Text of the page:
Increasing quality and quantity of student placements in smaller rural health services: It can be done

Morgan Smith, Gerry Lloyd, Stefanie Lobzin, Christine Bartel, Kym Medlicott

    Research output: Contribution to journalArticlepeer-review

    8 Citations (Scopus)


    Problem: Future rural nursing and midwifery workforce shortage and current shortage of placements for undergraduate nursing and midwifery students. Design: Developmental evaluation. Setting: Five small hospitals and a regional community health service. Key measures of improvement: Increased number of placements available for students; sustainable, quality clinical placement system in place for the future. Strategies for change: Clinical facilitators developed a clinical facilitation model and resources that increased quality and quantity of student placements, assisted clinicians to provide higher quality teaching to students, enabled students to develop skills in rural health care service provision and enhanced knowledge around future career options. Effects of change: Placement targets were met and all health services involved chose to continue the model of clinical facilitation developed after project funding ceased. The clinical education skills developed by staff under the project remain in the region to support future students. Lessons learnt: It is possible to create a sustainable, high-quality, rural placement experience for larger numbers of nursing and midwifery students. Funding sources are available to continue the clinical facilitation model in to the future, but for it to work optimally, a steady supply of students across the year is required.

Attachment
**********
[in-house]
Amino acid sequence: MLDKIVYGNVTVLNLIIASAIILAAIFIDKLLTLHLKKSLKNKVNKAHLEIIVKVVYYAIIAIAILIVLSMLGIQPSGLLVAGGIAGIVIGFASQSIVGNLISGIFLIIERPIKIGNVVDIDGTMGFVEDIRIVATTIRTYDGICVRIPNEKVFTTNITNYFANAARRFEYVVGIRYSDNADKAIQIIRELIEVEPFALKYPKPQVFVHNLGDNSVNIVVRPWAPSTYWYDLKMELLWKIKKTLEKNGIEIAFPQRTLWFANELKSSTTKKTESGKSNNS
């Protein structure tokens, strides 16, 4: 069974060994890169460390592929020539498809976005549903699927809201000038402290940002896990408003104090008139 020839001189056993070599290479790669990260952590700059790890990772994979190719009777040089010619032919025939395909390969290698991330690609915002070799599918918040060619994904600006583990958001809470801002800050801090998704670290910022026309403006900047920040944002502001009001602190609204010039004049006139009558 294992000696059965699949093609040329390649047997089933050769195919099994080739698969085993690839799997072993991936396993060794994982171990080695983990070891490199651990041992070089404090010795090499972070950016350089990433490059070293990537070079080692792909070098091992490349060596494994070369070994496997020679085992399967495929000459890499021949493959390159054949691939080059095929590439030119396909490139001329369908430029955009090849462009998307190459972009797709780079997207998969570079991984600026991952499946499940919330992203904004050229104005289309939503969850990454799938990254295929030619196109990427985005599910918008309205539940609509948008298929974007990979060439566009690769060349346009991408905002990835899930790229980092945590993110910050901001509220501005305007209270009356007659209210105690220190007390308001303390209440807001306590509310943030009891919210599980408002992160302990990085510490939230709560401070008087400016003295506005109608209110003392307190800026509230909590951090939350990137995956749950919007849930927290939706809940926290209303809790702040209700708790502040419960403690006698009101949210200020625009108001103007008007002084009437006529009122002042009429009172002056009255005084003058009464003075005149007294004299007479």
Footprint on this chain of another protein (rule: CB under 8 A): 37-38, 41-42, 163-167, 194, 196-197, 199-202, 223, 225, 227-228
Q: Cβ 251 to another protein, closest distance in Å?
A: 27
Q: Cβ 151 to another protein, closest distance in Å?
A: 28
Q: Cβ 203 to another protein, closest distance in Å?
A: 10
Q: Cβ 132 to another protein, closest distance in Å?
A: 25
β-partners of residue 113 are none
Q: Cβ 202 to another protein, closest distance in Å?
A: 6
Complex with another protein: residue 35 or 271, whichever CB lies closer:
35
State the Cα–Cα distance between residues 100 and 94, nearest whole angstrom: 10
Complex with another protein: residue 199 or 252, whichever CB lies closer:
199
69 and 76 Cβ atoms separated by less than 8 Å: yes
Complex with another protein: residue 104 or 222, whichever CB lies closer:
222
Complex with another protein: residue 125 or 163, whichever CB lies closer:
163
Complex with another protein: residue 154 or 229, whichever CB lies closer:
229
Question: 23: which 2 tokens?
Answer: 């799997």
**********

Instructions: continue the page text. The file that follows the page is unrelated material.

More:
Original languageEnglish
    Pages (from-to)243-246
    Number of pages4
    JournalAustralian Journal of Rural Health
    Issue number4
    Publication statusPublished - 2015


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